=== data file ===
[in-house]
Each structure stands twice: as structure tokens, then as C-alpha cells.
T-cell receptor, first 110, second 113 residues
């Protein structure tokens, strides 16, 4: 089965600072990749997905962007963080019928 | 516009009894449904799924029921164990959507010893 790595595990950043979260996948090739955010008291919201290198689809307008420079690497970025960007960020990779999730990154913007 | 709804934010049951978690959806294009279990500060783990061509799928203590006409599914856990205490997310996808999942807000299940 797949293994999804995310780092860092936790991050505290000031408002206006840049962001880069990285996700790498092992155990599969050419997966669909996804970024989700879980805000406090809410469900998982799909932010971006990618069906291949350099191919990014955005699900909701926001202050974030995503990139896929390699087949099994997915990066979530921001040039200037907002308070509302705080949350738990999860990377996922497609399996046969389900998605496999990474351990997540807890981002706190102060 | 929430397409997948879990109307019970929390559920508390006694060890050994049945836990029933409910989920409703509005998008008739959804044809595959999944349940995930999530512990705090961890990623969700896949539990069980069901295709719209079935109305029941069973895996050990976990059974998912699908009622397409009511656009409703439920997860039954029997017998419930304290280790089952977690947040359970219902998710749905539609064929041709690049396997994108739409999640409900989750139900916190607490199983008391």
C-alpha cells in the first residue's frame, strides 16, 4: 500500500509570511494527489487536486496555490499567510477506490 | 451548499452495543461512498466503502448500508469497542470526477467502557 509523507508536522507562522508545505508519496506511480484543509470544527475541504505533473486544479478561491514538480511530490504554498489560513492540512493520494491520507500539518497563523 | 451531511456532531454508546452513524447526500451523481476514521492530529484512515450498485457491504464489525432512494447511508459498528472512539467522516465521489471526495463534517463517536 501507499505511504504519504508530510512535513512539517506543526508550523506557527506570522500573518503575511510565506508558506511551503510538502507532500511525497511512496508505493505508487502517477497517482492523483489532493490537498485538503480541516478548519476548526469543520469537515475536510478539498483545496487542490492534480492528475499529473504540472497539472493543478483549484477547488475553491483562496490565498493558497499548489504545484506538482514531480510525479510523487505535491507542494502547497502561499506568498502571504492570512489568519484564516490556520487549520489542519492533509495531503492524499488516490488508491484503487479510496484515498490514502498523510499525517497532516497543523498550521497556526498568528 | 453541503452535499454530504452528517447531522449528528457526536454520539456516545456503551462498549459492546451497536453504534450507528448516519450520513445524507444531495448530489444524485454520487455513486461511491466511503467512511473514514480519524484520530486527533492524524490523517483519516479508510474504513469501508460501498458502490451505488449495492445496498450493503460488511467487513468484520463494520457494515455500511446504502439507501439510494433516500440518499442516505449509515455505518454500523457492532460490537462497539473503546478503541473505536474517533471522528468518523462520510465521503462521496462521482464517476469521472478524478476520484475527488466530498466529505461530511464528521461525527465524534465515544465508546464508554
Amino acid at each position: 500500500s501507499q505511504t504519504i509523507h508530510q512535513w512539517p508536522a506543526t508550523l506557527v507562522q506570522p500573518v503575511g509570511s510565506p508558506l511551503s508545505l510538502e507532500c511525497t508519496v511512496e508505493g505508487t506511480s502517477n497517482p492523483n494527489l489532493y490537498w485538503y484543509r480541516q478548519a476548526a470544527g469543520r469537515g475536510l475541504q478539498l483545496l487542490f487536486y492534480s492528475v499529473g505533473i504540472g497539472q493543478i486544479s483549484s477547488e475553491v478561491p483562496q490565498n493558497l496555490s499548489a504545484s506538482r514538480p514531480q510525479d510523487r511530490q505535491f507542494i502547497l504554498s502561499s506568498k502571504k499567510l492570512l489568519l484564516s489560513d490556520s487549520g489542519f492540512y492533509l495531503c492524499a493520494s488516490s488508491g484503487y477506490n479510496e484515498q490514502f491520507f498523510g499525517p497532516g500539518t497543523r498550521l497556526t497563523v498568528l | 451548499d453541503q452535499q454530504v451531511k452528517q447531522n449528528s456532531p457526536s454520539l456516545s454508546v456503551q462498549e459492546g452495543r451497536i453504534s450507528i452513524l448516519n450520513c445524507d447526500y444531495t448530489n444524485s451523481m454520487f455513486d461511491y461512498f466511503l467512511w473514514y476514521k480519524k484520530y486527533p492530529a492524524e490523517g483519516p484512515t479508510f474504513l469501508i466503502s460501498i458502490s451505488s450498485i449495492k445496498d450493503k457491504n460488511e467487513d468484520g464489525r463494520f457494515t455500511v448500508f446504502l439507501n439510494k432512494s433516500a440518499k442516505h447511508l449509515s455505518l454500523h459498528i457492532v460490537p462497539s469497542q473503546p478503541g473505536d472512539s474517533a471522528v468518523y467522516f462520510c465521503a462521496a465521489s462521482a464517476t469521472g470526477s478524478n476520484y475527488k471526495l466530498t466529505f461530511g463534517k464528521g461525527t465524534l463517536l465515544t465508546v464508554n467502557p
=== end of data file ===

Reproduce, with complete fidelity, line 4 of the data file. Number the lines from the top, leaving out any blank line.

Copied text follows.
């Protein structure tokens, strides 16, 4: 089965600072990749997905962007963080019928 | 516009009894449904799924029921164990959507010893 790595595990950043979260996948090739955010008291919201290198689809307008420079690497970025960007960020990779999730990154913007 | 709804934010049951978690959806294009279990500060783990061509799928203590006409599914856990205490997310996808999942807000299940 797949293994999804995310780092860092936790991050505290000031408002206006840049962001880069990285996700790498092992155990599969050419997966669909996804970024989700879980805000406090809410469900998982799909932010971006990618069906291949350099191919990014955005699900909701926001202050974030995503990139896929390699087949099994997915990066979530921001040039200037907002308070509302705080949350738990999860990377996922497609399996046969389900998605496999990474351990997540807890981002706190102060 | 929430397409997948879990109307019970929390559920508390006694060890050994049945836990029933409910989920409703509005998008008739959804044809595959999944349940995930999530512990705090961890990623969700896949539990069980069901295709719209079935109305029941069973895996050990976990059974998912699908009622397409009511656009409703439920997860039954029997017998419930304290280790089952977690947040359970219902998710749905539609064929041709690049396997994108739409999640409900989750139900916190607490199983008391």